Column: Fashion Forward
The 'BC' Look: Does It Really Exist?
Published: Wednesday, January 23, 2013
Updated: Thursday, January 24, 2013 00:01
It’s no secret that there are well known stereotypes regarding fashion at Boston College. It’s all about leggings, Patagonia fleeces, Tory Burch accessories, Brooks Brothers, boat shoes, and snap backs here on the Heights, right? It’s true, a lot of people do view our collective campus “look” this way, but I don’t.
This homogenous stereotype does hold some truth, as most stereotypes do, otherwise they wouldn’t exist. But what everyone must at least try to do is look beyond that stereotype and discover the true colors of BC fashion. There is an overwhelming sense of the desire to fit in with the so-called “prep” stereotype on campus, but have you ever really taken a good look at everyone sitting at Corcoran Commons, studying at the library, or walking through the Quad to his or her next class? It’s not all classic New England out there—we really do have an eclectic student body (although it may be hard to notice at times).
As a freshman last year, I found it hard to notice people that dressed differently from this stereotype, until I discovered “The Sartorialist of Boston College” on Tumblr, a blog run by a former fella of the BC student body that would post photos of students a few times per week, whose ensembles caught his attention. As already mentioned, the BC Sartorialist does not attend this school anymore, and as such, does not do BC related posts on his blog anymore. His presence on campus made a significant impact on me personally, however. This was a dude who would sit for prolonged periods of time observing students as they walked by, and acknowledging those who didn’t fit the preppy stereotype. While a lot of students struggled to fit in looks-wise, this guy was praising those who chose to stand out. It was something that I was comforted by when I felt that this campus was lacking any appreciation for diversity. It made me feel more comfortable with my personal appearance knowing there was at least one person out there who valued unique and different fashion.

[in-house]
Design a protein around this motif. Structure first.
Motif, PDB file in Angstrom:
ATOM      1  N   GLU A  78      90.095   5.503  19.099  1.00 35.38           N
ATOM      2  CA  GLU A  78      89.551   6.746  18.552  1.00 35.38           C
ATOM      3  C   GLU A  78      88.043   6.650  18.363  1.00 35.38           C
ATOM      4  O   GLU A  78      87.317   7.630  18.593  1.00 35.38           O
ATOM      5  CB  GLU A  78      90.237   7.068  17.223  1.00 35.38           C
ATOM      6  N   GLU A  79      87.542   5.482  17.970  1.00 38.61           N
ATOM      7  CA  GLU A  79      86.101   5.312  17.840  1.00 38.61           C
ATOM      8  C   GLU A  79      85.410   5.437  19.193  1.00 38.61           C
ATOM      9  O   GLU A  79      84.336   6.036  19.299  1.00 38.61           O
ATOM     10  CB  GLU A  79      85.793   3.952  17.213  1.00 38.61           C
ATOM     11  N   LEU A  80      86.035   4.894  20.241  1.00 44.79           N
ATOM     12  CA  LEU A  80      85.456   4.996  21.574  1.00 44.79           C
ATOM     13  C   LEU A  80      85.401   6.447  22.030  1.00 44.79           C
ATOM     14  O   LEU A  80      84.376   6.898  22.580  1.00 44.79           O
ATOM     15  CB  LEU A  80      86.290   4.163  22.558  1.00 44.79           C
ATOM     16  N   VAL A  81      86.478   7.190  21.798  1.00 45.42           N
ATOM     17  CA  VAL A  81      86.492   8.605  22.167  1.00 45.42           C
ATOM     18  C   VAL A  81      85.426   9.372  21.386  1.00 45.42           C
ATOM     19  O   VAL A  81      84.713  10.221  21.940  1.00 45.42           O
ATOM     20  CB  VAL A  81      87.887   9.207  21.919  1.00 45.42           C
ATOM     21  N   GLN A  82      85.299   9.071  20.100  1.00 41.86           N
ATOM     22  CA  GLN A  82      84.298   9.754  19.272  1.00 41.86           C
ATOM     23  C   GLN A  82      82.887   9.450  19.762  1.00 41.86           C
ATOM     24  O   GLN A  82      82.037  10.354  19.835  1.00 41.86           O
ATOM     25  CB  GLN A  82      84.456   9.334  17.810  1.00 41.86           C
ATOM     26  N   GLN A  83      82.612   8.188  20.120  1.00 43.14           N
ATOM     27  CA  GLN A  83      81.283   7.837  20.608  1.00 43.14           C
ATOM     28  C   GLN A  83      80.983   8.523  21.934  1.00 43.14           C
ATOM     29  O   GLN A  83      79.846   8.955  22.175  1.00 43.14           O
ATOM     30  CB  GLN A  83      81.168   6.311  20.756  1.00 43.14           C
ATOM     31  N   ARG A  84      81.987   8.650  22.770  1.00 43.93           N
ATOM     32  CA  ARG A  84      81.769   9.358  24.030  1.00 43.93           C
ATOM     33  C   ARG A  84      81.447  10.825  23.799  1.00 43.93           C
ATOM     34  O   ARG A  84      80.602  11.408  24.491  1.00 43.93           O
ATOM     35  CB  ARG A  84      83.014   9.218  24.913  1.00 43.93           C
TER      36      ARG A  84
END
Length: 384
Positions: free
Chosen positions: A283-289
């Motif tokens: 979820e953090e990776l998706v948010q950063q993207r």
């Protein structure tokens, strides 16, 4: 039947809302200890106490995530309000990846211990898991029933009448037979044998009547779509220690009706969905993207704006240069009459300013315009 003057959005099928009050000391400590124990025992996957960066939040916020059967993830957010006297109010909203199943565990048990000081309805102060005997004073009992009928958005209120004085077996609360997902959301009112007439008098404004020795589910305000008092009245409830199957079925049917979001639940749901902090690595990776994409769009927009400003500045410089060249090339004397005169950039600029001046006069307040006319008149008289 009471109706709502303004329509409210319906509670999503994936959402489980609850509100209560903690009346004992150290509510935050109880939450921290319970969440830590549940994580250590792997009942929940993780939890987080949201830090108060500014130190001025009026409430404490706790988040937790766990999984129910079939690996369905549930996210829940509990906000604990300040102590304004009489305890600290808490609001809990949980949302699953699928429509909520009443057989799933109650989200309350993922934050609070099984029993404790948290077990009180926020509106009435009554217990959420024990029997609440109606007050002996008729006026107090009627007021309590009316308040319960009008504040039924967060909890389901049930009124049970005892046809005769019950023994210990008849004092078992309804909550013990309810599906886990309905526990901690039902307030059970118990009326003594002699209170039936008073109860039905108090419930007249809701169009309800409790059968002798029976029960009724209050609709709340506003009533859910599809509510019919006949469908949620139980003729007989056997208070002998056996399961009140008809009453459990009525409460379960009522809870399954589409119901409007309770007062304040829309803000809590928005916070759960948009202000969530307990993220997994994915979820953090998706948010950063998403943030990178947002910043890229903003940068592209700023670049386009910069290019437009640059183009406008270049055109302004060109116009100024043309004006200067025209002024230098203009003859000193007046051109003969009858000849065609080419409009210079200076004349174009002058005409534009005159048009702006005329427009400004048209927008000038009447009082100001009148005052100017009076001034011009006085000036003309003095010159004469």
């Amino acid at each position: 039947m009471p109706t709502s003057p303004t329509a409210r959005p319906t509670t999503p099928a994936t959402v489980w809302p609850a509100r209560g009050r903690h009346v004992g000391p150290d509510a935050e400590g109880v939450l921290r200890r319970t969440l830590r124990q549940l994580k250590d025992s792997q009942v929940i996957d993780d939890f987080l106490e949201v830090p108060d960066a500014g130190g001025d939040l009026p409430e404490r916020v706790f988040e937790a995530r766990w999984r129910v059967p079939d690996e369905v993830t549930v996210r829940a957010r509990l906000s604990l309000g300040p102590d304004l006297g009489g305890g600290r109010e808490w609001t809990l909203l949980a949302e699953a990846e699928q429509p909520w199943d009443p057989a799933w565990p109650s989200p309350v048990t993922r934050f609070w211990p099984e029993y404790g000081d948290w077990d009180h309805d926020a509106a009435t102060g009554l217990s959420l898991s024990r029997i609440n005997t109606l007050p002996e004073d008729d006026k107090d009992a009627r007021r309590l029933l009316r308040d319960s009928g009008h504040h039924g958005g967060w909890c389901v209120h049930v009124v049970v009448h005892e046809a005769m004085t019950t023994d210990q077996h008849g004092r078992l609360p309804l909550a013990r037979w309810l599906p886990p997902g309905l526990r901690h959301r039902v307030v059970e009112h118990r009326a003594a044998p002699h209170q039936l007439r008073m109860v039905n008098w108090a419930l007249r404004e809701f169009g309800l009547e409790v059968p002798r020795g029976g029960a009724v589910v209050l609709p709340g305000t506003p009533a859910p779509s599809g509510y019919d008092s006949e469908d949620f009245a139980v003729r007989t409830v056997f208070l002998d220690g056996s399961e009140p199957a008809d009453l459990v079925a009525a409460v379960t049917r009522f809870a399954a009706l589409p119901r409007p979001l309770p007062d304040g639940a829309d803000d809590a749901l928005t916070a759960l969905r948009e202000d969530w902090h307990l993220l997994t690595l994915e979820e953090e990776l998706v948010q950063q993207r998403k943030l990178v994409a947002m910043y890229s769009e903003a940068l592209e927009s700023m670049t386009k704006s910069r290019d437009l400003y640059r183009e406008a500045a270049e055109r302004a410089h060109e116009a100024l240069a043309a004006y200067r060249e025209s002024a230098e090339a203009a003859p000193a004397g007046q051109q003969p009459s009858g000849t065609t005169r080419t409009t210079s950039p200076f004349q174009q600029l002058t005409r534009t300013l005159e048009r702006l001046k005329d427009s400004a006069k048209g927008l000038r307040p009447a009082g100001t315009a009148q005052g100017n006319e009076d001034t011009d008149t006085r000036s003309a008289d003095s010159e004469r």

However, because the Sartorialist had an eye for the unusual and quirky he himself created the presence of the “hipster” stereotype on campus. I’ll admit it, sometimes I hoped for the Sartorialist to notice my so-called “bold” outfit choices and feature me on his blog (and I know a number of you guys secretly wanted him to notice you too) and get individual recognition for, well, being an individual. But what did this now create? The need for me to stand out so much so that it felt like I was forcing myself to dress differently and stand out, which didn’t feel like myself.
So now there are two categories of style: either you strive to fit in or make yourself stand out. I still see this dynamic present throughout campus. I’m not saying that everyone is behaving like this, but to those of you who feel as though you do fall in either one of the two categories I mentioned, I invite you to observe a different approach to fashion: just do you.
I have tried to embrace this philosophy to the best of my ability. It’s hard to try to eliminate cultural influences, but trying to do so is the best way to discover your true style. If nobody around you is wearing a brand or style that you absolutely love would you still wear it? Similarly, if somebody is wearing something you wouldn’t necessarily chose to wear would you automatically say they look bad or don’t have a good sense of fashion?
The answer to that last question is most likely yes. I’ve done it—we’ve all thought, “WTF is he/she wearing?” It’s a part of the human condition to judge. But who are we to judge others? When we judge others we limit their wardrobe options, and homogenize how people should dress. Of course there are groups of people who have similar style, but just because one group is different than the other doesn’t make it less unique. So if you really like preppy clothing for the look and not just because everyone around you is sporting that style, do it. And if you really do like looking different because your sense of style is not as popular on campus, and you’re not forcing yourself to look different, do it. Just make sure that however you dress, you’re doing you and doing it for yourself and not others. That way nobody’s judgments can affect you, because, at the end of the day, you dressed for yourself, and that’s the only thing that matters.